Bottom Line

If you can quickly monetize your entire 2018 travel credit before the end of December 2017, it makes sense to hold off on downgrading Sapphire Reserve until then. The $300 credit you receive will more than offset the pro-rated portion of the annual fee that you pay.

If you like the information in this article, please consider supporting this blog by shopping with my Amazon Referral link.

29 thoughts on “Don’t Downgrade Your Chase Sapphire Reserve. Not Yet, Anyway.

  1. Traveler

    Hi Yak,
    Thanks for the article. I was approved for the card in August 2016. Got the credit for both 2016-17. My annual fee hit on Sept. 1st 2017. My December statement date is around the 12th of Dec. If I understand this correctly, will my travel credit reset then?
    If so, I may pay the AF and then downgrade after the 2018 credit hits.

    Reply
    1. Yak Post author

      @Traveler, the answer is yes to both questions. Any travel charges that POST after your December statement will appear on your January 2018 statement. This means they are eligible for your 2018 travel credit. If you can monetize the entire $300 and downgrade before the end of December, you should be refunded 2/3 of the annual fee that you pay now. The only risk is that Chase changes their AF refund policy between now and then. Highly doubtful IMO.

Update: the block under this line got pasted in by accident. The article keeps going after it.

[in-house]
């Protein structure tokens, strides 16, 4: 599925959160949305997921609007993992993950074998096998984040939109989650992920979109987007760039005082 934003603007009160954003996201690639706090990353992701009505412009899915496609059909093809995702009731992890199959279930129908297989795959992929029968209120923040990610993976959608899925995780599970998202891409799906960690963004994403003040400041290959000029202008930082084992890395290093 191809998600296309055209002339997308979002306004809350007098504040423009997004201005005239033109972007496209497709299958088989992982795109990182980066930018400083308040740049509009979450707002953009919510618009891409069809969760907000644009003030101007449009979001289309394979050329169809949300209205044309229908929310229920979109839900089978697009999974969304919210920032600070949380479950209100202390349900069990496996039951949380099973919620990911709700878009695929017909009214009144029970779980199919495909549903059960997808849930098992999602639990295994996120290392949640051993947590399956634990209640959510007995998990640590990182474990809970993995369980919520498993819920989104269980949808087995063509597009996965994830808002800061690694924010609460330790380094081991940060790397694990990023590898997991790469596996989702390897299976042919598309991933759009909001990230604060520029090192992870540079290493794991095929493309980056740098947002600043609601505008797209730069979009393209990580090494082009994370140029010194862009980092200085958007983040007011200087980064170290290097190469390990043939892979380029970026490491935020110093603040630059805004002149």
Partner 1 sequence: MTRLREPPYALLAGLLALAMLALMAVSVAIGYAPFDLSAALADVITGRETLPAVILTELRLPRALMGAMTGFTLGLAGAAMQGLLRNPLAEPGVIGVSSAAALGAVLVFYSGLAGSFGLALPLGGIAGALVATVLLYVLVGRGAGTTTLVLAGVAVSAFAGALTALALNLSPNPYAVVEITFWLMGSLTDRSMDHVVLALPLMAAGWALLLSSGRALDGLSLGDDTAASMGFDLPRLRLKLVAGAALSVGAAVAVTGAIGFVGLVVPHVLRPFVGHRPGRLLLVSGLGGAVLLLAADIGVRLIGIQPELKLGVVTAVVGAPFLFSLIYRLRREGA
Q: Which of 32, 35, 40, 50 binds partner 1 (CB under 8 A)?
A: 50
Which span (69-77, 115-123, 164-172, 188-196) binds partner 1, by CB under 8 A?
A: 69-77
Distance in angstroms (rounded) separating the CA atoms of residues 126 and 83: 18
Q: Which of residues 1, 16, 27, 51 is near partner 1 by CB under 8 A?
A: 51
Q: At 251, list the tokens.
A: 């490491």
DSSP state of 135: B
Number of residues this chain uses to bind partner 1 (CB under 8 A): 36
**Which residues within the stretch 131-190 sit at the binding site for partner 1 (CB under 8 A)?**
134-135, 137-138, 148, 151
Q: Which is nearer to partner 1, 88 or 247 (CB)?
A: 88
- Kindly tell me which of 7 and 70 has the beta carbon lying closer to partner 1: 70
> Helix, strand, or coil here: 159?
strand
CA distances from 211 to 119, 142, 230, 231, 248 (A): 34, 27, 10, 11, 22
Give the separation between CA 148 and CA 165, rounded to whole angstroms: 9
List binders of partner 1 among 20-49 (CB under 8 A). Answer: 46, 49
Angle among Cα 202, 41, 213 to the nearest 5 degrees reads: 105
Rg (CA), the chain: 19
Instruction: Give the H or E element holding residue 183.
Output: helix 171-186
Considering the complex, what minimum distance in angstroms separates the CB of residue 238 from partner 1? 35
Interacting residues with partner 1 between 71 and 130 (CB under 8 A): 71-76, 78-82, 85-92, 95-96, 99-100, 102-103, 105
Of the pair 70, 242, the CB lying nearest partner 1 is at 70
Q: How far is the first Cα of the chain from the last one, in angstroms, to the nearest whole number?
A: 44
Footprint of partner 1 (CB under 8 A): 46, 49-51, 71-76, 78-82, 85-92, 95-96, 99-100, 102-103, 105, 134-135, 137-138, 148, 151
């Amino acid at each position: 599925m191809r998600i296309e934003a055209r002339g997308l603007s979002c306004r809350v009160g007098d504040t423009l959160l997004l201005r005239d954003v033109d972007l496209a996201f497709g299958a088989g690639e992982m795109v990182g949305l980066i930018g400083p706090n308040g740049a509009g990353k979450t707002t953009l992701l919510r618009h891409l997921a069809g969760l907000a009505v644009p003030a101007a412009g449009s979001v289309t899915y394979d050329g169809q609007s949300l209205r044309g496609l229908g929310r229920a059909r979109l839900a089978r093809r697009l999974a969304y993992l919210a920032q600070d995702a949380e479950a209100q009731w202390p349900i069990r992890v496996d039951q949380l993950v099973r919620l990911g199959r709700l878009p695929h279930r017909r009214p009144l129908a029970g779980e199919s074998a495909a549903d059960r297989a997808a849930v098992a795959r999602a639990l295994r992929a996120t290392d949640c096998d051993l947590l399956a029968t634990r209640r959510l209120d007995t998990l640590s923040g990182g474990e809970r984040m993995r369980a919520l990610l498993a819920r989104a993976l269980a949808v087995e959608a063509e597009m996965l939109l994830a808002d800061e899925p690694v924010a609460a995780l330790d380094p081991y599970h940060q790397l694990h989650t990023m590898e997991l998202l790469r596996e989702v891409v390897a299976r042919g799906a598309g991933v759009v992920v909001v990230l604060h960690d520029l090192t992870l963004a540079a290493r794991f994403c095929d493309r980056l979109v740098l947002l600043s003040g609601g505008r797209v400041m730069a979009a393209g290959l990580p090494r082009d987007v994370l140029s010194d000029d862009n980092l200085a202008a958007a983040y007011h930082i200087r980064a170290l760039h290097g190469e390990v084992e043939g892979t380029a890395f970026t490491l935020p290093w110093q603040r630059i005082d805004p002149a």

Reply
  2. at

    i just called chase and they said they added a provision that said if you use any part of the travel credit, your refund of annual fee is offset by what you used plus the months you kept the card. i don’t want to chance paying the prorated portion plus the offset of the credit.

    Reply
    1. Yak Post author

      @at, there’s always the risk that the rules change. I’m not sure what to make of what that csr told you–it wouldn’t be the first time they spread mis-information. Time will tell.

      Reply
    2. James Lee

      provision where? There is no mention of such a change in the T&Cs of the credit card agreement.

      Reply
    3. ed

      My wife also said she knew of this. I have a feeling, some will get the travel credit, then cancel hoping for the prorated amount and then will find the travel credit deducted from the prorated amount. Could be a timing issue (travel credit in the same month you cancel). Either way, banks read blogs and learn, so don’t count on anything as iron clad or you could be disappointed. I’m one of those who will be keeping this card because I see further value in it even though the fee is high.